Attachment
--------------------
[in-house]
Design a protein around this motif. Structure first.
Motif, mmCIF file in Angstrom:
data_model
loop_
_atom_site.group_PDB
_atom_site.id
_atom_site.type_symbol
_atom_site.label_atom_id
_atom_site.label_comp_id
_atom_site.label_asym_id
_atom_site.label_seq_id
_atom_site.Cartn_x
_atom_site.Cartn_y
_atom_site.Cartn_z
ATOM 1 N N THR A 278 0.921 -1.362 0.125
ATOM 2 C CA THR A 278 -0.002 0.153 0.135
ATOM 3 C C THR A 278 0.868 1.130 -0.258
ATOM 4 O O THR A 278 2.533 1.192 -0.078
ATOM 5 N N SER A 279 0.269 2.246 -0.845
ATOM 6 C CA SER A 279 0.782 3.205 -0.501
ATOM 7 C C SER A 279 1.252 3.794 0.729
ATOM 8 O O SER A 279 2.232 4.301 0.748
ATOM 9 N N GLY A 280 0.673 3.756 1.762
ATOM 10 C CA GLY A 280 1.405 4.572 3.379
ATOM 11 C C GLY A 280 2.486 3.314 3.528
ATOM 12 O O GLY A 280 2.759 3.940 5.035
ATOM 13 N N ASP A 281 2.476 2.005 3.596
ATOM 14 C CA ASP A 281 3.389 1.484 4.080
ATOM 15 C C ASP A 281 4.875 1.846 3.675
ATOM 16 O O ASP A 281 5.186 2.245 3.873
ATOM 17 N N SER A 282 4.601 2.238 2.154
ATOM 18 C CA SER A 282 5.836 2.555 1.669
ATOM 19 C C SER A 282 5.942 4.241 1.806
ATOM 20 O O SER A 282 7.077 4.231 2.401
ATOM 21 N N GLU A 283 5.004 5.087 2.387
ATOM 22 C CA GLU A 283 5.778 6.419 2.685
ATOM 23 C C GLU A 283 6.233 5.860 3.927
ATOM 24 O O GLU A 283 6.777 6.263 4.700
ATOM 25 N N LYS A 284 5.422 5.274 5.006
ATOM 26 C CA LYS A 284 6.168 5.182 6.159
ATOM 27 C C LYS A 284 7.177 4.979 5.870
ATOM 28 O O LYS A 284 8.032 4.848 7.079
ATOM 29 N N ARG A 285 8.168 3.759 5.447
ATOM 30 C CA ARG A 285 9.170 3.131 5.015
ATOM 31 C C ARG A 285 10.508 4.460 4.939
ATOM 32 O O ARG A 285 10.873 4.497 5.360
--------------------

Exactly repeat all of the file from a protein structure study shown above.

[in-house]
Design a protein around this motif. Structure first.
Motif, mmCIF file in Angstrom:
data_model
loop_
_atom_site.group_PDB
_atom_site.id
_atom_site.type_symbol
_atom_site.label_atom_id
_atom_site.label_comp_id
_atom_site.label_asym_id
_atom_site.label_seq_id
_atom_site.Cartn_x
_atom_site.Cartn_y
_atom_site.Cartn_z
ATOM 1 N N THR A 278 0.921 -1.362 0.125
ATOM 2 C CA THR A 278 -0.002 0.153 0.135
ATOM 3 C C THR A 278 0.868 1.130 -0.258
ATOM 4 O O THR A 278 2.533 1.192 -0.078
ATOM 5 N N SER A 279 0.269 2.246 -0.845
ATOM 6 C CA SER A 279 0.782 3.205 -0.501
ATOM 7 C C SER A 279 1.252 3.794 0.729
ATOM 8 O O SER A 279 2.232 4.301 0.748
ATOM 9 N N GLY A 280 0.673 3.756 1.762
ATOM 10 C CA GLY A 280 1.405 4.572 3.379
ATOM 11 C C GLY A 280 2.486 3.314 3.528
ATOM 12 O O GLY A 280 2.759 3.940 5.035
ATOM 13 N N ASP A 281 2.476 2.005 3.596
ATOM 14 C CA ASP A 281 3.389 1.484 4.080
ATOM 15 C C ASP A 281 4.875 1.846 3.675
ATOM 16 O O ASP A 281 5.186 2.245 3.873
ATOM 17 N N SER A 282 4.601 2.238 2.154
ATOM 18 C CA SER A 282 5.836 2.555 1.669
ATOM 19 C C SER A 282 5.942 4.241 1.806
ATOM 20 O O SER A 282 7.077 4.231 2.401
ATOM 21 N N GLU A 283 5.004 5.087 2.387
ATOM 22 C CA GLU A 283 5.778 6.419 2.685
ATOM 23 C C GLU A 283 6.233 5.860 3.927
ATOM 24 O O GLU A 283 6.777 6.263 4.700
ATOM 25 N N LYS A 284 5.422 5.274 5.006
ATOM 26 C CA LYS A 284 6.168 5.182 6.159
ATOM 27 C C LYS A 284 7.177 4.979 5.870
ATOM 28 O O LYS A 284 8.032 4.848 7.079
ATOM 29 N N ARG A 285 8.168 3.759 5.447
ATOM 30 C CA ARG A 285 9.170 3.131 5.015
ATOM 31 C C ARG A 285 10.508 4.460 4.939
ATOM 32 O O ARG A 285 10.873 4.497 5.360